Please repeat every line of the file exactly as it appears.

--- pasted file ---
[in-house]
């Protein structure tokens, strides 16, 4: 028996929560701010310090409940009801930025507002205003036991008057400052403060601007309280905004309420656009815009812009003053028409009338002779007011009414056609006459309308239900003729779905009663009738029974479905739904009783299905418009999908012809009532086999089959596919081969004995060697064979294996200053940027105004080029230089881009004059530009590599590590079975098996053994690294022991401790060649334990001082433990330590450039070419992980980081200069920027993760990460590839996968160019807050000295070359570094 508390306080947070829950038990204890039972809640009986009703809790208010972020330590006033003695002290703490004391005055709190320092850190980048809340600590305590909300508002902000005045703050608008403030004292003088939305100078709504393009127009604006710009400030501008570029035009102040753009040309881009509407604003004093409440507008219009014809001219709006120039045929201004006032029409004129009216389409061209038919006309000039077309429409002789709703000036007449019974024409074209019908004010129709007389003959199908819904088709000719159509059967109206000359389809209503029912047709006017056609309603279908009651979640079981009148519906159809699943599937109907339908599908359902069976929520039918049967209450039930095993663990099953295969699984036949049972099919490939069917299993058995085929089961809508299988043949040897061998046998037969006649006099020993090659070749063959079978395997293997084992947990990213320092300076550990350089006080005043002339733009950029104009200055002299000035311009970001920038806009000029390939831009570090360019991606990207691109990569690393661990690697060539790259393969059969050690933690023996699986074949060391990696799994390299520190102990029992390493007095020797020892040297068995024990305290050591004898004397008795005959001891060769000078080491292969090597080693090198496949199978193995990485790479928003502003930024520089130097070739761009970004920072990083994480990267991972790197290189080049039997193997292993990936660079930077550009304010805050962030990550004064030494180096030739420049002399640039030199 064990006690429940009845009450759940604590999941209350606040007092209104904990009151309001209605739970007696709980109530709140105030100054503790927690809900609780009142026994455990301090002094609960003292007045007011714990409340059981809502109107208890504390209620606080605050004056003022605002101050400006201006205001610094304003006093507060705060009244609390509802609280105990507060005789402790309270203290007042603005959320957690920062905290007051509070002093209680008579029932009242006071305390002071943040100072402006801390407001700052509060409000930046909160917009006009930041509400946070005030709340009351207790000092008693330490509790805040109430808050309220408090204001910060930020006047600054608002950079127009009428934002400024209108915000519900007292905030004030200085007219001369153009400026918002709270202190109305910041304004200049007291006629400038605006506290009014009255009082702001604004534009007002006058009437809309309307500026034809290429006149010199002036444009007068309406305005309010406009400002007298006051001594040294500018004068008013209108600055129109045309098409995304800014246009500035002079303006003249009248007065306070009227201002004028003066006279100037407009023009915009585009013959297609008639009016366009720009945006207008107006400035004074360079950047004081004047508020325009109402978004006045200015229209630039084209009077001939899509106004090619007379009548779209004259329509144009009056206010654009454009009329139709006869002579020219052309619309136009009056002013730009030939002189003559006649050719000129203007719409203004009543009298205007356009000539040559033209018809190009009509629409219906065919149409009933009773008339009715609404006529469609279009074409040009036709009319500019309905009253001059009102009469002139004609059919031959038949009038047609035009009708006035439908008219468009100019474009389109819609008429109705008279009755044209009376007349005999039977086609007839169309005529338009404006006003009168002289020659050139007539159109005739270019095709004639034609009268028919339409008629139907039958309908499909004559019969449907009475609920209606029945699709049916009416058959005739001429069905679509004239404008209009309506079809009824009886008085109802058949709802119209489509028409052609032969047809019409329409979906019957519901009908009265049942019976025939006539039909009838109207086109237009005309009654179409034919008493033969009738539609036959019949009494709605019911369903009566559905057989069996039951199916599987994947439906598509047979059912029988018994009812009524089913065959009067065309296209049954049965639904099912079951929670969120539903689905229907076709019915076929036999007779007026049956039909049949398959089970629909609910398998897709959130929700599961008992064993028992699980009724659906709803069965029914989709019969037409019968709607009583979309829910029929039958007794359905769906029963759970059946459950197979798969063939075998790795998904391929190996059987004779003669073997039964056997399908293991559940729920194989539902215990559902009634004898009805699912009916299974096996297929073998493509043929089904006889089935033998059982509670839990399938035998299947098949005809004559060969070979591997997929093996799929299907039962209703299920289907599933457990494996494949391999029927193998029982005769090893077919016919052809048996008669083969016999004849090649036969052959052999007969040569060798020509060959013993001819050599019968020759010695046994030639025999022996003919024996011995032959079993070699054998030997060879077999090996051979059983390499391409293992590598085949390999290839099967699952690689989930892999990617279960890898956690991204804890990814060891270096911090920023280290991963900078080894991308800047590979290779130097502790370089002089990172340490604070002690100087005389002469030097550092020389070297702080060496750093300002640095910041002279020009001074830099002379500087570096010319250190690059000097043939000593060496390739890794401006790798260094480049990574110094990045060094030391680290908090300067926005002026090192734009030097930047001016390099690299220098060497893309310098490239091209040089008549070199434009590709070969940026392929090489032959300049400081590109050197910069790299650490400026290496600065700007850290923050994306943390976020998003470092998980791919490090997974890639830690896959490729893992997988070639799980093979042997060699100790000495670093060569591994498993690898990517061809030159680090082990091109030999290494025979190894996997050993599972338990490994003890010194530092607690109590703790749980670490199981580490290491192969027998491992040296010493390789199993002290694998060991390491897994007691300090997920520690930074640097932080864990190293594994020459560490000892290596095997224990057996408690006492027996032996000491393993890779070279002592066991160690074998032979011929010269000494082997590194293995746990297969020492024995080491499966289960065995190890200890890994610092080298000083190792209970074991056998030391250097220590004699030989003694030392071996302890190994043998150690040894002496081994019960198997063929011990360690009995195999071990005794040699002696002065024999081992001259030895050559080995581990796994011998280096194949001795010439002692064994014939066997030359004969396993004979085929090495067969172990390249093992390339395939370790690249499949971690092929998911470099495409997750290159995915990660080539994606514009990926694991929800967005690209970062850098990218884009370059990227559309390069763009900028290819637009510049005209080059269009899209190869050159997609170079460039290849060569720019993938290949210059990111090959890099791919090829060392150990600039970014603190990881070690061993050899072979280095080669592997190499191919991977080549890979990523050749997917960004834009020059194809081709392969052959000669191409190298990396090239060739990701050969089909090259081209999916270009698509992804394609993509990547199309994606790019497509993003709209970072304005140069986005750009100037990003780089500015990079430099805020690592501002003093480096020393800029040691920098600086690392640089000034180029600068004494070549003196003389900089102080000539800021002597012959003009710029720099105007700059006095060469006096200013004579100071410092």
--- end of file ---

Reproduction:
[in-house]
């Protein structure tokens, strides 16, 4: 028996929560701010310090409940009801930025507002205003036991008057400052403060601007309280905004309420656009815009812009003053028409009338002779007011009414056609006459309308239900003729779905009663009738029974479905739904009783299905418009999908012809009532086999089959596919081969004995060697064979294996200053940027105004080029230089881009004059530009590599590590079975098996053994690294022991401790060649334990001082433990330590450039070419992980980081200069920027993760990460590839996968160019807050000295070359570094 508390306080947070829950038990204890039972809640009986009703809790208010972020330590006033003695002290703490004391005055709190320092850190980048809340600590305590909300508002902000005045703050608008403030004292003088939305100078709504393009127009604006710009400030501008570029035009102040753009040309881009509407604003004093409440507008219009014809001219709006120039045929201004006032029409004129009216389409061209038919006309000039077309429409002789709703000036007449019974024409074209019908004010129709007389003959199908819904088709000719159509059967109206000359389809209503029912047709006017056609309603279908009651979640079981009148519906159809699943599937109907339908599908359902069976929520039918049967209450039930095993663990099953295969699984036949049972099919490939069917299993058995085929089961809508299988043949040897061998046998037969006649006099020993090659070749063959079978395997293997084992947990990213320092300076550990350089006080005043002339733009950029104009200055002299000035311009970001920038806009000029390939831009570090360019991606990207691109990569690393661990690697060539790259393969059969050690933690023996699986074949060391990696799994390299520190102990029992390493007095020797020892040297068995024990305290050591004898004397008795005959001891060769000078080491292969090597080693090198496949199978193995990485790479928003502003930024520089130097070739761009970004920072990083994480990267991972790197290189080049039997193997292993990936660079930077550009304010805050962030990550004064030494180096030739420049002399640039030199 064990006690429940009845009450759940604590999941209350606040007092209104904990009151309001209605739970007696709980109530709140105030100054503790927690809900609780009142026994455990301090002094609960003292007045007011714990409340059981809502109107208890504390209620606080605050004056003022605002101050400006201006205001610094304003006093507060705060009244609390509802609280105990507060005789402790309270203290007042603005959320957690920062905290007051509070002093209680008579029932009242006071305390002071943040100072402006801390407001700052509060409000930046909160917009006009930041509400946070005030709340009351207790000092008693330490509790805040109430808050309220408090204001910060930020006047600054608002950079127009009428934002400024209108915000519900007292905030004030200085007219001369153009400026918002709270202190109305910041304004200049007291006629400038605006506290009014009255009082702001604004534009007002006058009437809309309307500026034809290429006149010199002036444009007068309406305005309010406009400002007298006051001594040294500018004068008013209108600055129109045309098409995304800014246009500035002079303006003249009248007065306070009227201002004028003066006279100037407009023009915009585009013959297609008639009016366009720009945006207008107006400035004074360079950047004081004047508020325009109402978004006045200015229209630039084209009077001939899509106004090619007379009548779209004259329509144009009056206010654009454009009329139709006869002579020219052309619309136009009056002013730009030939002189003559006649050719000129203007719409203004009543009298205007356009000539040559033209018809190009009509629409219906065919149409009933009773008339009715609404006529469609279009074409040009036709009319500019309905009253001059009102009469002139004609059919031959038949009038047609035009009708006035439908008219468009100019474009389109819609008429109705008279009755044209009376007349005999039977086609007839169309005529338009404006006003009168002289020659050139007539159109005739270019095709004639034609009268028919339409008629139907039958309908499909004559019969449907009475609920209606029945699709049916009416058959005739001429069905679509004239404008209009309506079809009824009886008085109802058949709802119209489509028409052609032969047809019409329409979906019957519901009908009265049942019976025939006539039909009838109207086109237009005309009654179409034919008493033969009738539609036959019949009494709605019911369903009566559905057989069996039951199916599987994947439906598509047979059912029988018994009812009524089913065959009067065309296209049954049965639904099912079951929670969120539903689905229907076709019915076929036999007779007026049956039909049949398959089970629909609910398998897709959130929700599961008992064993028992699980009724659906709803069965029914989709019969037409019968709607009583979309829910029929039958007794359905769906029963759970059946459950197979798969063939075998790795998904391929190996059987004779003669073997039964056997399908293991559940729920194989539902215990559902009634004898009805699912009916299974096996297929073998493509043929089904006889089935033998059982509670839990399938035998299947098949005809004559060969070979591997997929093996799929299907039962209703299920289907599933457990494996494949391999029927193998029982005769090893077919016919052809048996008669083969016999004849090649036969052959052999007969040569060798020509060959013993001819050599019968020759010695046994030639025999022996003919024996011995032959079993070699054998030997060879077999090996051979059983390499391409293992590598085949390999290839099967699952690689989930892999990617279960890898956690991204804890990814060891270096911090920023280290991963900078080894991308800047590979290779130097502790370089002089990172340490604070002690100087005389002469030097550092020389070297702080060496750093300002640095910041002279020009001074830099002379500087570096010319250190690059000097043939000593060496390739890794401006790798260094480049990574110094990045060094030391680290908090300067926005002026090192734009030097930047001016390099690299220098060497893309310098490239091209040089008549070199434009590709070969940026392929090489032959300049400081590109050197910069790299650490400026290496600065700007850290923050994306943390976020998003470092998980791919490090997974890639830690896959490729893992997988070639799980093979042997060699100790000495670093060569591994498993690898990517061809030159680090082990091109030999290494025979190894996997050993599972338990490994003890010194530092607690109590703790749980670490199981580490290491192969027998491992040296010493390789199993002290694998060991390491897994007691300090997920520690930074640097932080864990190293594994020459560490000892290596095997224990057996408690006492027996032996000491393993890779070279002592066991160690074998032979011929010269000494082997590194293995746990297969020492024995080491499966289960065995190890200890890994610092080298000083190792209970074991056998030391250097220590004699030989003694030392071996302890190994043998150690040894002496081994019960198997063929011990360690009995195999071990005794040699002696002065024999081992001259030895050559080995581990796994011998280096194949001795010439002692064994014939066997030359004969396993004979085929090495067969172990390249093992390339395939370790690249499949971690092929998911470099495409997750290159995915990660080539994606514009990926694991929800967005690209970062850098990218884009370059990227559309390069763009900028290819637009510049005209080059269009899209190869050159997609170079460039290849060569720019993938290949210059990111090959890099791919090829060392150990600039970014603190990881070690061993050899072979280095080669592997190499191919991977080549890979990523050749997917960004834009020059194809081709392969052959000669191409190298990396090239060739990701050969089909090259081209999916270009698509992804394609993509990547199309994606790019497509993003709209970072304005140069986005750009100037990003780089500015990079430099805020690592501002003093480096020393800029040691920098600086690392640089000034180029600068004494070549003196003389900089102080000539800021002597012959003009710029720099105007700059006095060469006096200013004579100071410092």